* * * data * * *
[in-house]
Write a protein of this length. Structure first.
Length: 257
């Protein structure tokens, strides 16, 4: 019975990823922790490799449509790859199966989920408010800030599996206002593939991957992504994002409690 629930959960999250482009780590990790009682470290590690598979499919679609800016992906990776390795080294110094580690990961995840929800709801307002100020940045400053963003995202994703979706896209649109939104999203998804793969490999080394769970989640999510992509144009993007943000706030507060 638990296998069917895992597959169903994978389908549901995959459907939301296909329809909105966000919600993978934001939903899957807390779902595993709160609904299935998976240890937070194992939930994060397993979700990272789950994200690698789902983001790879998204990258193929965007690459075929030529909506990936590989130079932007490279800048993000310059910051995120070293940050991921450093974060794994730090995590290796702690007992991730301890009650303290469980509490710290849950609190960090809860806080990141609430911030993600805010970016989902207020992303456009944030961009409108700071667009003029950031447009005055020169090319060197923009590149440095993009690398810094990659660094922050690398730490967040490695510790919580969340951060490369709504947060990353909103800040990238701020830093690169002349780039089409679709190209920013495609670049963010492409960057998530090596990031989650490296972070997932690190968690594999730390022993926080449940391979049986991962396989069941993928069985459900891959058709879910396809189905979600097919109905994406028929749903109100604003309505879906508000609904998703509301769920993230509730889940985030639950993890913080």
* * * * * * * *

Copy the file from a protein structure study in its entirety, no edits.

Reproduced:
[in-house]
Write a protein of this length. Structure first.
Length: 257
């Protein structure tokens, strides 16, 4: 019975990823922790490799449509790859199966989920408010800030599996206002593939991957992504994002409690 629930959960999250482009780590990790009682470290590690598979499919679609800016992906990776390795080294110094580690990961995840929800709801307002100020940045400053963003995202994703979706896209649109939104999203998804793969490999080394769970989640999510992509144009993007943000706030507060 638990296998069917895992597959169903994978389908549901995959459907939301296909329809909105966000919600993978934001939903899957807390779902595993709160609904299935998976240890937070194992939930994060397993979700990272789950994200690698789902983001790879998204990258193929965007690459075929030529909506990936590989130079932007490279800048993000310059910051995120070293940050991921450093974060794994730090995590290796702690007992991730301890009650303290469980509490710290849950609190960090809860806080990141609430911030993600805010970016989902207020992303456009944030961009409108700071667009003029950031447009005055020169090319060197923009590149440095993009690398810094990659660094922050690398730490967040490695510790919580969340951060490369709504947060990353909103800040990238701020830093690169002349780039089409679709190209920013495609670049963010492409960057998530090596990031989650490296972070997932690190968690594999730390022993926080449940391979049986991962396989069941993928069985459900891959058709879910396809189905979600097919109905994406028929749903109100604003309505879906508000609904998703509301769920993230509730889940985030639950993890913080």